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Thursday, September 04, 2014

Raising Chickens

If you're a do-it-yourself type of person, you might want to consider raising chickens for show, for eggs, for meat, or just for the pleasure of their company. (Don't laugh, I know some people who are quite attached to their backyard poultry.)

If you're interested in showing them, you may want to pick a heritage breed such as the ones found in a book new to our collection, An Introduction to Heritage Breeds: Saving and Raising Rare-Breed Livestock and Poultry by The Livestock Conservancy and D. Phillip Sponenberg [338.162 SPO]. The introduction to the book explains the reasoning behind raising heritage breed animals. Here's an interesting passage:
Over the entire globe, human communities in a wide variety of environments tested, molded, and perfected thousands of breeds of chickens, goats, sheep, cattle, horses, and other traditional farm animals. This long history of partnership between animals and people often goes even deeper: many heritage breed also reflect the cultural approaches to survival of various ethnic groups, specifically the different ways in which each group adapted to and used its environment.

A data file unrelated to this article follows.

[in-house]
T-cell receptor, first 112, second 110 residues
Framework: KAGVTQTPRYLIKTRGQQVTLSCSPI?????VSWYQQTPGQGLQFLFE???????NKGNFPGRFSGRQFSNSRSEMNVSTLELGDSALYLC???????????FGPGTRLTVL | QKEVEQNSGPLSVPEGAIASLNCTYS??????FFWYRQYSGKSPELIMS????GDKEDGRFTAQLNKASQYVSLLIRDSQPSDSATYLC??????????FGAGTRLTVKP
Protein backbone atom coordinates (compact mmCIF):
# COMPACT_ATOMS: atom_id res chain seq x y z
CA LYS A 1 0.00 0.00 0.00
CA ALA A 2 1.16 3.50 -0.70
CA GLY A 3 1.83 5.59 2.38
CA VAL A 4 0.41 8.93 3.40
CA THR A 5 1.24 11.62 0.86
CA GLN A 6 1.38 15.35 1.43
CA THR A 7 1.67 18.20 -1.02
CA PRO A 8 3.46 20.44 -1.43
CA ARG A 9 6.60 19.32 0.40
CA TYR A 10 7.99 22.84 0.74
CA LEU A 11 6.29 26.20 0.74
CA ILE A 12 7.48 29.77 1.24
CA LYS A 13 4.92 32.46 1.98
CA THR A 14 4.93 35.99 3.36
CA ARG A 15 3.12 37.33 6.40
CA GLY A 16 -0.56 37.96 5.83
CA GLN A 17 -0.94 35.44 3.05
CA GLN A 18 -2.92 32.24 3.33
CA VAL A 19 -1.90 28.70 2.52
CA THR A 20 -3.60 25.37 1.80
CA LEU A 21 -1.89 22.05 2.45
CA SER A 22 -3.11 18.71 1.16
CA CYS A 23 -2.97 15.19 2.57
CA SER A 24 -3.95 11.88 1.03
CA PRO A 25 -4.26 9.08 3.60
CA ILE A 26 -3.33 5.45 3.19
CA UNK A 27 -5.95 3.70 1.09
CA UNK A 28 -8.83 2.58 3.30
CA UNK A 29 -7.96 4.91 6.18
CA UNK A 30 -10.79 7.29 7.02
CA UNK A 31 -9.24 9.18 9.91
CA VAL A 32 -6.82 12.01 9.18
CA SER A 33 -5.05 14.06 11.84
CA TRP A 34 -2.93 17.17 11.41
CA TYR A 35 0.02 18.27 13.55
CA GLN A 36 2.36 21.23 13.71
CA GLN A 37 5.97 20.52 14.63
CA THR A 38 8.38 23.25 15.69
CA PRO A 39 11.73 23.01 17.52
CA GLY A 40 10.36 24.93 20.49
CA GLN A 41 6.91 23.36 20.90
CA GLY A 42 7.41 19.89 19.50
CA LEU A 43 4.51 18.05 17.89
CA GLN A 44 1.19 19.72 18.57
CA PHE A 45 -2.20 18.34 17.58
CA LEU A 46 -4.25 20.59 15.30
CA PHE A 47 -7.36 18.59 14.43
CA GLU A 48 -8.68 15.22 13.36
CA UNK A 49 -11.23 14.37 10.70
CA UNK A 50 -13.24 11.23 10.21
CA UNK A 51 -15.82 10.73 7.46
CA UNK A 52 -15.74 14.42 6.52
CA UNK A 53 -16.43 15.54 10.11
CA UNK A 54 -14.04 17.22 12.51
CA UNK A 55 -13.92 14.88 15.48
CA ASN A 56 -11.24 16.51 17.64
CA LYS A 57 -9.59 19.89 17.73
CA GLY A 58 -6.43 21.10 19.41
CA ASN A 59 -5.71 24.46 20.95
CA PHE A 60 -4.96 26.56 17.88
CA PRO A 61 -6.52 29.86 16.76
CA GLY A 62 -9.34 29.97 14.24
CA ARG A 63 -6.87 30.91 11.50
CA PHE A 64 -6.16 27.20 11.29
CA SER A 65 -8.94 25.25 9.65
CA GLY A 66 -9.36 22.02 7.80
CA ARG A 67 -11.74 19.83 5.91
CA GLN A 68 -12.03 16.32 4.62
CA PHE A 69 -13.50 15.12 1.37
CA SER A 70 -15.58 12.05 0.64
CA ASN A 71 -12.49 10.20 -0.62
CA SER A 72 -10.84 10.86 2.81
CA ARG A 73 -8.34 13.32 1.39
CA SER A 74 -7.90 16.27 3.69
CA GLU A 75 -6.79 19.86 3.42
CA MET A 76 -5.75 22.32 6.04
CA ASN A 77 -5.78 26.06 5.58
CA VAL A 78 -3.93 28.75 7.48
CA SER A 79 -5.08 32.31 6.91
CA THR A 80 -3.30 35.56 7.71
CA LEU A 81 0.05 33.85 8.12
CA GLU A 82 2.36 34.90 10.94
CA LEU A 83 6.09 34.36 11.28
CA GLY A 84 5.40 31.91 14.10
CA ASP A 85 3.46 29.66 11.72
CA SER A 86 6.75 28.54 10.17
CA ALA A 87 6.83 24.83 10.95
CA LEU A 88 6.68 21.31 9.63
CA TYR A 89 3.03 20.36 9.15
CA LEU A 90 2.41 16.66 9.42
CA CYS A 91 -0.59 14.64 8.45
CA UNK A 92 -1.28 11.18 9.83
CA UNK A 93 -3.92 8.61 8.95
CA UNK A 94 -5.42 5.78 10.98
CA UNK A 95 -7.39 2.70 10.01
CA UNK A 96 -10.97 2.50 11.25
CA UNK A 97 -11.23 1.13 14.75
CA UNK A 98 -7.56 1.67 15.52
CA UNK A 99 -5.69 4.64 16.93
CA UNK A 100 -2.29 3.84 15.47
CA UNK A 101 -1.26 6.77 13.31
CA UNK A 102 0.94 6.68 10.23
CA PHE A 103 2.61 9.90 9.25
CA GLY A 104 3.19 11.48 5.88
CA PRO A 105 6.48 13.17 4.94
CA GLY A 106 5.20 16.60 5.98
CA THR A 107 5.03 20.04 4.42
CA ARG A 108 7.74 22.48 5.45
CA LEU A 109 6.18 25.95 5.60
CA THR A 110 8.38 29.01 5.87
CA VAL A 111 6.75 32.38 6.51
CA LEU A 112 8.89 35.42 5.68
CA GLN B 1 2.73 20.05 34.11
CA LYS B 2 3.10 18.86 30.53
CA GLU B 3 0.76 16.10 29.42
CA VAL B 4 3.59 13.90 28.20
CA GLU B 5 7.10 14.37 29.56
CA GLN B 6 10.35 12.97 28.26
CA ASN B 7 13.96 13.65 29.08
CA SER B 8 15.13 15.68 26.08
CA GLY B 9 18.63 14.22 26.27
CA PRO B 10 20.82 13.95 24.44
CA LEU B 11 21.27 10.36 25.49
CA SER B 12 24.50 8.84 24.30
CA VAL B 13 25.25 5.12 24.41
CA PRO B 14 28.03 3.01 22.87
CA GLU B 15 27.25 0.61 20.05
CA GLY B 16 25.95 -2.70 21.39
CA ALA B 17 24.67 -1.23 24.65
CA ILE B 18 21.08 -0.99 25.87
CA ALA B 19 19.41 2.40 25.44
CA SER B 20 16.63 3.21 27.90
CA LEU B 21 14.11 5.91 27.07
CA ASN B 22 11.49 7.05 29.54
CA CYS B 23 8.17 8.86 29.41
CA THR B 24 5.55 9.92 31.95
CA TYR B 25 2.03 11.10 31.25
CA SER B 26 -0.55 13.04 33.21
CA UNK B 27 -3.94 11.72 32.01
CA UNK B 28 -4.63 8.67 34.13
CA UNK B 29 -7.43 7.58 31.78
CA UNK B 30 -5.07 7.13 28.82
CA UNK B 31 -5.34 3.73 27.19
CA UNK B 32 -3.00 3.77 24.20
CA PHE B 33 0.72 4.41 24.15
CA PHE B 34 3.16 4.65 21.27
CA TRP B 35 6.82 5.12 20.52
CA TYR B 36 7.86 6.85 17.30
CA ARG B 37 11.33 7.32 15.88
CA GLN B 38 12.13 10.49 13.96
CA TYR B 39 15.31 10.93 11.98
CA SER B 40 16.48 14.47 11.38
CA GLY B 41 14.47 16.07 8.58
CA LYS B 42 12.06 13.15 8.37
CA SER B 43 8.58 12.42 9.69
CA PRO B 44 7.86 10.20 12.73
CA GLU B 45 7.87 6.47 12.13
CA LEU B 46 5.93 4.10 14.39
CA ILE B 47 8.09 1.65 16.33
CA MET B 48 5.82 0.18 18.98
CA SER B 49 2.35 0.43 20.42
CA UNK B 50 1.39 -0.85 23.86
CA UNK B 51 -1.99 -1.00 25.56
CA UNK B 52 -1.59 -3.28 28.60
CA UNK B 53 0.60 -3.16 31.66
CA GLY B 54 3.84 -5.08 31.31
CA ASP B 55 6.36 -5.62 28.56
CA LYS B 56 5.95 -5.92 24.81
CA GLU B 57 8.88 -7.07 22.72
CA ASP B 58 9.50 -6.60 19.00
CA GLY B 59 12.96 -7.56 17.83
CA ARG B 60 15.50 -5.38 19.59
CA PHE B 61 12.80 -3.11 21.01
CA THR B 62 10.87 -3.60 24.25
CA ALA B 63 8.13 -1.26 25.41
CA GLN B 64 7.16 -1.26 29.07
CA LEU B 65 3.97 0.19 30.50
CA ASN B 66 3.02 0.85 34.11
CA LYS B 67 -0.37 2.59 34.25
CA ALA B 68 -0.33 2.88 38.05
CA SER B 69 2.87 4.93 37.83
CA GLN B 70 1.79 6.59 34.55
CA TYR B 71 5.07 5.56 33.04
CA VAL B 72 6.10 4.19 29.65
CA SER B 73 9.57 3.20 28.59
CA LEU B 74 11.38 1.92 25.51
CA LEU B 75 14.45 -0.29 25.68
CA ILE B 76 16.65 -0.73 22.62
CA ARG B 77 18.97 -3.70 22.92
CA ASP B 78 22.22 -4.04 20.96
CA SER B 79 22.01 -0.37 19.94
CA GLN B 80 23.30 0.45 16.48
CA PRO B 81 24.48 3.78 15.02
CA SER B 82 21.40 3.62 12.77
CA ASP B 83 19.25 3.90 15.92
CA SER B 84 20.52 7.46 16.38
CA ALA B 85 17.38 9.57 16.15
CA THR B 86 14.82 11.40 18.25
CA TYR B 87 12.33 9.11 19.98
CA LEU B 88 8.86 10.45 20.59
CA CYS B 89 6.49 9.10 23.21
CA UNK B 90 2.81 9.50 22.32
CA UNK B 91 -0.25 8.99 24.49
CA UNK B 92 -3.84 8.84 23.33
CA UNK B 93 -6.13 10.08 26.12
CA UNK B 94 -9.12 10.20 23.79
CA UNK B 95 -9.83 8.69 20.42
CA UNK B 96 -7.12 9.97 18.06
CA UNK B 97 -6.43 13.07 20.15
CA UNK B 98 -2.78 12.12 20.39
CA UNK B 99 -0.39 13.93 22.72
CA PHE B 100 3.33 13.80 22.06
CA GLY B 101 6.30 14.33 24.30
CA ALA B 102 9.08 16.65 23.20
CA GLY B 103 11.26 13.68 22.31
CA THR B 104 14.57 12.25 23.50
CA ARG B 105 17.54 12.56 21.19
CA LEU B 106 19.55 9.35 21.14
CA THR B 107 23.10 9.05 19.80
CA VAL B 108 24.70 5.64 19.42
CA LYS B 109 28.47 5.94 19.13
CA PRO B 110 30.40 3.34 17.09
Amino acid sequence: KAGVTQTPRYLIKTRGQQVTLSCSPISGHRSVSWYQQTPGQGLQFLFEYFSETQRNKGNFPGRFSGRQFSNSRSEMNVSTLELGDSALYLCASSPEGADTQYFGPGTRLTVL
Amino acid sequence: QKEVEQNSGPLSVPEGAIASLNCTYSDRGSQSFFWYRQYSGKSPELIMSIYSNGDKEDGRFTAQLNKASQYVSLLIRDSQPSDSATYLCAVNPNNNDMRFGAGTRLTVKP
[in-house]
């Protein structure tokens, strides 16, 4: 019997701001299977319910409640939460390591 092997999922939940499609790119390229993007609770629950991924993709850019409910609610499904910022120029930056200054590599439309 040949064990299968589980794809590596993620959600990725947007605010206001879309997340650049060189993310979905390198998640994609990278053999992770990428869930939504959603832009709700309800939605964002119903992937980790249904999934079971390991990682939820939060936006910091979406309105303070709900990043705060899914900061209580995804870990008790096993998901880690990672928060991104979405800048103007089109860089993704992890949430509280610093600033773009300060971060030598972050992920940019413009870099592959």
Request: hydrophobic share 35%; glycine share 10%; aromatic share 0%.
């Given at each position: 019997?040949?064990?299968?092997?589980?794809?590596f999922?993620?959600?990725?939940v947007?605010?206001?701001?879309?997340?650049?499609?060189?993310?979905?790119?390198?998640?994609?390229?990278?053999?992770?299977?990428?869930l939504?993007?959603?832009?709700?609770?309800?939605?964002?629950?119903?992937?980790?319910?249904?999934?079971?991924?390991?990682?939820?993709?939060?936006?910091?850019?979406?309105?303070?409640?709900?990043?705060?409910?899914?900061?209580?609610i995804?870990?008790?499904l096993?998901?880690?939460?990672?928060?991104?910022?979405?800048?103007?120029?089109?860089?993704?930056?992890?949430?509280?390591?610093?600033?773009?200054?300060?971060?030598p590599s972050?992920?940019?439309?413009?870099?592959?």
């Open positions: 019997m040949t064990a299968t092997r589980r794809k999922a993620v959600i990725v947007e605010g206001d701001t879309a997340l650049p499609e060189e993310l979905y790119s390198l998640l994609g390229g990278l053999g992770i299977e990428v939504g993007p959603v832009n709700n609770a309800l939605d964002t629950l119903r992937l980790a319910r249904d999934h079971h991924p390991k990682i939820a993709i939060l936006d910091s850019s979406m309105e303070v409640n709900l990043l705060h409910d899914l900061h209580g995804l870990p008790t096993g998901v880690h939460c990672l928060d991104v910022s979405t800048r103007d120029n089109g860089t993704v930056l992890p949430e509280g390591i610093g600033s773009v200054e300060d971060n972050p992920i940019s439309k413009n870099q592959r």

This passage puts the raising of animals into a cultural context that is both fascinating, and important to remember as we think about the future. You can learn more on The Livestock Conservancy's website.

I love the colorful names of some of the heritage chicken breeds: Buckeye, Buttercup, Cubalaya, Dorking, Java, New Hampshire, Redcap, Shamo, Yokohama.

If you want to try your hand, you can start by reading, and then moving on to the building of a shelter and providing for the animals. Manuals such as Storey's Guide to Raising Chickens: Care, Feeding, Facilities by Gail Damerow [636.5 DAM] can be found on our nonfiction shelves.

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